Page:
We have had Alfie, a 6-month-old Cavapoo staying for the last week. He is training to be an assistance dog for a 12-year-old boy with Autism (Dogs for Autism charity). I have been helping the family train him since he arrived, and he came to us for a holiday.
He hadn’t met my dogs before so that was the first job. Asking your existing dogs to accept a new dog in the house should be done carefully. Doesn’t matter how well mannered and friendly your dog is, having someone come to stay is different to meeting them up the park. So, we met in a field, Alfie on a long line, and let them do a short walk together. Lots of sniffing and not too much bouncing (from Alfie) and all went well – he was in the club! Cuba unsurprisingly accepted him; Bria took a few days to be totally comfortable with a bouncing pup.
Bria is now 3 and we got her at 9 months and Cuba is now 5, so it was a long time since we’ve had a puppy. Having a puppy in the house needs planning. Nothing on the floor that you don’t want picked up and chewed. Check for cables, wires and low shelves to see what pup can get access to. It’s all about keeping him safe and my house. I already know he loves to pick up everything and try to generate a chase game – socks and shoes are a definite favourite. He also needs his own bed space. He came with a crate and bed so wanted to have them in the living area where we all spend time, but also somewhere he could retreat to if he needed to.
After checking he was allowed on the sofa (first place he went) he settled in very well. I put several lovely chew toys on the floor and a few ‘stooge’ old socks so we could practise leaving them! I gave him 3 days to decompress and just relax into the household routine, he slept lots and seemed to be very comfortable.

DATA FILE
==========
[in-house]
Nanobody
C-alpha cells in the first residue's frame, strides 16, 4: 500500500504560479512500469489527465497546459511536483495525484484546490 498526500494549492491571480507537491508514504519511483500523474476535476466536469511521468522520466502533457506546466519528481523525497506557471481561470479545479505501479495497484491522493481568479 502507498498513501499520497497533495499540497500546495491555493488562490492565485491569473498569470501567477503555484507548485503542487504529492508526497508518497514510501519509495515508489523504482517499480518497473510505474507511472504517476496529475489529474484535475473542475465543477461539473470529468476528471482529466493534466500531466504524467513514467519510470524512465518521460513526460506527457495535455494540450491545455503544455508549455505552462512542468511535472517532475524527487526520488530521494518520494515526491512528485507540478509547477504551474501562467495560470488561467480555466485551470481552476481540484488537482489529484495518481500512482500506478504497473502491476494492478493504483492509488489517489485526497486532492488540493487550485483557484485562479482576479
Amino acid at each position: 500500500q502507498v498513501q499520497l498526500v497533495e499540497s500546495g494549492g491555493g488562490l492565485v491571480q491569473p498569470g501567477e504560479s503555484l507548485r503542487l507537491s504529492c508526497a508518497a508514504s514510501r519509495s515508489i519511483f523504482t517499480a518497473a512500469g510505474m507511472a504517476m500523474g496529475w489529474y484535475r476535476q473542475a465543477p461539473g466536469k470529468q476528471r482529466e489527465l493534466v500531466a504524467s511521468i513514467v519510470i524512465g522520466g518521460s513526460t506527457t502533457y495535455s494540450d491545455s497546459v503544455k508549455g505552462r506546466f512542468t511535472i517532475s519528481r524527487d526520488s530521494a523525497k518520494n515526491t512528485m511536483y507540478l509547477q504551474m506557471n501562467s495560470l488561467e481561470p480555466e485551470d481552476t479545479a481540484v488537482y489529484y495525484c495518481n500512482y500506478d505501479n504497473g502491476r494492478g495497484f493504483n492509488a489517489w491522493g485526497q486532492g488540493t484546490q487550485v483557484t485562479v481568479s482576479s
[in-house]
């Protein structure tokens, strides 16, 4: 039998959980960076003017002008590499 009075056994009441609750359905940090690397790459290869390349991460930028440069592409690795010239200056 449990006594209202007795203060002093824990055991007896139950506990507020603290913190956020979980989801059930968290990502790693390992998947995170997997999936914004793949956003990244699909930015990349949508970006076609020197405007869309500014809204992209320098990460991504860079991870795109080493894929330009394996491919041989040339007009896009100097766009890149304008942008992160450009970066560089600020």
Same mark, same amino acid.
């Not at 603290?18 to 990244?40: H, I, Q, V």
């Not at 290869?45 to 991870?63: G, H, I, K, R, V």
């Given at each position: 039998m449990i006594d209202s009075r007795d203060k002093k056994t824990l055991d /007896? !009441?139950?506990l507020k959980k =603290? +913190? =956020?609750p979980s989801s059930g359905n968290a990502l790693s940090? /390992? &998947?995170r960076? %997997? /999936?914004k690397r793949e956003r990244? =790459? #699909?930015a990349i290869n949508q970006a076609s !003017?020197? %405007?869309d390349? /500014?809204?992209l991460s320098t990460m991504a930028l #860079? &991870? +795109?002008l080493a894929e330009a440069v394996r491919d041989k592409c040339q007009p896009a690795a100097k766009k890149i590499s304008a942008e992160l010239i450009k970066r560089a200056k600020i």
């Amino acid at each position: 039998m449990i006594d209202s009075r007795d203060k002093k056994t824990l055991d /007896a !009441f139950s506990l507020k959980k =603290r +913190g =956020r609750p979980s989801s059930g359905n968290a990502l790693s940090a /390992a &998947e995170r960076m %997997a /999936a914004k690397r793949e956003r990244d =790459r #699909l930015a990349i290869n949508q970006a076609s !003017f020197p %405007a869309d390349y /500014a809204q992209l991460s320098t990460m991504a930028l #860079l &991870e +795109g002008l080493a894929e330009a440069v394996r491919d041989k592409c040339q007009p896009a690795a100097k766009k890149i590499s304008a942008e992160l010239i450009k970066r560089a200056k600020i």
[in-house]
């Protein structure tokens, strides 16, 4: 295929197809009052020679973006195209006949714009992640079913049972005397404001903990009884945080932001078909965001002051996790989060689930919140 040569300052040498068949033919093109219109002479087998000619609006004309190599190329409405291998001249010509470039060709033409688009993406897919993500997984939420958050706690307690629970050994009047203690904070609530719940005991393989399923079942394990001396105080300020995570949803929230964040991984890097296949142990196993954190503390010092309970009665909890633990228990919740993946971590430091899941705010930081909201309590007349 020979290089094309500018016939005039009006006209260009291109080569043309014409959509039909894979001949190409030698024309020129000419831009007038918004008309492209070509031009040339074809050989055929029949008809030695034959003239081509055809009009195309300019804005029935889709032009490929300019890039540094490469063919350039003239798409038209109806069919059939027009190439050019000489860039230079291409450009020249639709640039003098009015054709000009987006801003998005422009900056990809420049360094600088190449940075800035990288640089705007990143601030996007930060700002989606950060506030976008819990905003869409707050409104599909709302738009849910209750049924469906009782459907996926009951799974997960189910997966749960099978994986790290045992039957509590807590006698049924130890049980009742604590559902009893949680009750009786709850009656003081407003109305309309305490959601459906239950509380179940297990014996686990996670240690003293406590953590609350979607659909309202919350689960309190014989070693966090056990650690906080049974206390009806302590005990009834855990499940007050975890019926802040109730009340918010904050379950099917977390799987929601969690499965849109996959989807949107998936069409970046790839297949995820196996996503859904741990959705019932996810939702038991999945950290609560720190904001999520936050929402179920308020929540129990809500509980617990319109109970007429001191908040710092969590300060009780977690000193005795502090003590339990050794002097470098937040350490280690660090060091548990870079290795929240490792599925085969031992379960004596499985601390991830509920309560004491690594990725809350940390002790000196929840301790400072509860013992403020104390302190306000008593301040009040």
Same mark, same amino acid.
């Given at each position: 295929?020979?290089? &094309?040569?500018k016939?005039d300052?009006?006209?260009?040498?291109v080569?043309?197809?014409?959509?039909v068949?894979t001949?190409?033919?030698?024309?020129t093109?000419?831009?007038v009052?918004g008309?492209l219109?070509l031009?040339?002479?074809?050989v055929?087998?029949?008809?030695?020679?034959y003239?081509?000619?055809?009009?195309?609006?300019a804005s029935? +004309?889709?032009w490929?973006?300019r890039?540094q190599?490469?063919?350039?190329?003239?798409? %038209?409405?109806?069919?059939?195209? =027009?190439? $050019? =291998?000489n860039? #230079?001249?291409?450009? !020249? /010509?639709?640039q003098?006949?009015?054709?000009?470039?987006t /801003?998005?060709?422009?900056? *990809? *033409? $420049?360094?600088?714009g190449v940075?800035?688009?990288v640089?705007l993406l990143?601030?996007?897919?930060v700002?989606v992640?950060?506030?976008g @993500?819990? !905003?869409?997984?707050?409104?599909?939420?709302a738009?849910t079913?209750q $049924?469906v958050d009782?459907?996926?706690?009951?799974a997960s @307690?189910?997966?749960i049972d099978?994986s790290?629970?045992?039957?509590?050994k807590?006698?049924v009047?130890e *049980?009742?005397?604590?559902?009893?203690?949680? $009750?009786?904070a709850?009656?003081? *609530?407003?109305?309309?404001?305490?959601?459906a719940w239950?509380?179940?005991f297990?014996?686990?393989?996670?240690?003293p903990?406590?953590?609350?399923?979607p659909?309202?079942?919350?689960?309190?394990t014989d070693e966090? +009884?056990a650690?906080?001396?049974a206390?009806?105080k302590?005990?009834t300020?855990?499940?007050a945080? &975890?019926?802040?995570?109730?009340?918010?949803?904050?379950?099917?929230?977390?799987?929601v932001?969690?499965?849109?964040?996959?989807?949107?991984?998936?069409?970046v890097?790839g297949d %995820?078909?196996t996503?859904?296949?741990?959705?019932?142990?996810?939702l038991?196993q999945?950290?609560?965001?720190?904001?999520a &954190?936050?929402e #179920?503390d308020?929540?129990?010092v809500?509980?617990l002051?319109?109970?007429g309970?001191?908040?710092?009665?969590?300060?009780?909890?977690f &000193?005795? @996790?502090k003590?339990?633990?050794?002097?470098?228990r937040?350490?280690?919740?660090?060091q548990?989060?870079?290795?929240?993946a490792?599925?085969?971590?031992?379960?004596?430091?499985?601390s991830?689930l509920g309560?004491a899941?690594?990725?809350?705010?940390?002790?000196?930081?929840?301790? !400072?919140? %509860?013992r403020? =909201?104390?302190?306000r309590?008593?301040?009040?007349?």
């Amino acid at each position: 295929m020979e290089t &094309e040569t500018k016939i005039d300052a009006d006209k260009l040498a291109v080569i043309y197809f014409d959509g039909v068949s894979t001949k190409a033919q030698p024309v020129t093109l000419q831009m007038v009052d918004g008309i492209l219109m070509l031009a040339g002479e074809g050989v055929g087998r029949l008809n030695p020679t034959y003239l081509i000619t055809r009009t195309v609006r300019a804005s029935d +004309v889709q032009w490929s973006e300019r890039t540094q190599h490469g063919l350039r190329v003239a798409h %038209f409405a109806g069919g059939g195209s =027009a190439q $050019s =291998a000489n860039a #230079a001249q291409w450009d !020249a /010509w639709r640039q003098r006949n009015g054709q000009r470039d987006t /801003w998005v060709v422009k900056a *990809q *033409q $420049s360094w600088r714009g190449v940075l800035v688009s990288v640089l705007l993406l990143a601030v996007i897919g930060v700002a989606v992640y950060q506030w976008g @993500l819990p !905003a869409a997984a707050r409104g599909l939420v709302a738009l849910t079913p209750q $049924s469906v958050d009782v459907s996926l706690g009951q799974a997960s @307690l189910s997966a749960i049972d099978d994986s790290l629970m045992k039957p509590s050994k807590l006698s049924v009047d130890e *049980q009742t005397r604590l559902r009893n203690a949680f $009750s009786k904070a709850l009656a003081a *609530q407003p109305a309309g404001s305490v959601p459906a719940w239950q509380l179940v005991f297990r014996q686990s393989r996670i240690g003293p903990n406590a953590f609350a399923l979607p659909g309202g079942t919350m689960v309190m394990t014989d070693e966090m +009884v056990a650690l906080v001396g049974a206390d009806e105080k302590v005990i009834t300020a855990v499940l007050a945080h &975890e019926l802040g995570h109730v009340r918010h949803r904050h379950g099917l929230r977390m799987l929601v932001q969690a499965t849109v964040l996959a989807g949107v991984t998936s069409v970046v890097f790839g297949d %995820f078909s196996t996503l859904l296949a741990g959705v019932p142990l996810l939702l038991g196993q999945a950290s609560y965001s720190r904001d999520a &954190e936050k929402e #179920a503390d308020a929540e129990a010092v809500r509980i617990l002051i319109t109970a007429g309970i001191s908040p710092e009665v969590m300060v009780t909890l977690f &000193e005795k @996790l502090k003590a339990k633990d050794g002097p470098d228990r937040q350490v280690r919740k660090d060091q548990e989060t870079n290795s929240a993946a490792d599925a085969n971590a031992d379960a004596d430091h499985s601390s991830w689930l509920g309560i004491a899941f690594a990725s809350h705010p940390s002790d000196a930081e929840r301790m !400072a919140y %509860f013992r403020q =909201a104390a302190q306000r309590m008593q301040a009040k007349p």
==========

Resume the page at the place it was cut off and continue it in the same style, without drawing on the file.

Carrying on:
After this time our training started. We went to lots of different places to experience sights, sounds and smells of new environments. We did shops, rural locations and lots of travelling in the van. The cows and horses were definitely of most interest and he had to stop and watch them for a while. My job is to just allow him the time and space that he can process this new experience and not become scared or overwhelmed by it. Our shopping trip to B&Q meant we could practise walking beside a trolley and Pets at Home we practised settling in a busy place with dogs and people around. This is called ‘park’ – he needs to just lie down in any environment and not move until released – very hard for a youngster. He loves to chase birds, so recall was also on the priority list.
I truly love teenage dogs! I know most people find this age a real challenge, but this is the age where you really get to know your dog. Their cheeky side comes out. They test the boundaries and it can feel like they are intentionally being ‘naughty’. They are not by the way; they are just finding their feet (or paws) in this world. This gives you the opportunity to explore together with a partner that is still so excited about new things, and it’s wonderful to see their confidence building. This time is where you get to find out who your dog is really going to be. You are still shaping them and giving them lots of positive experiences so that they are developing into a wonderful adult companion.
Alfie is such a bright pup, it's a joy to work with him. Everyone we met also seems to agree he is a superstar. I love really getting to know a dog, they always teach us new skills as each one is an individual. I am so proud to be part of his journey to see him become an amazing assistance dog.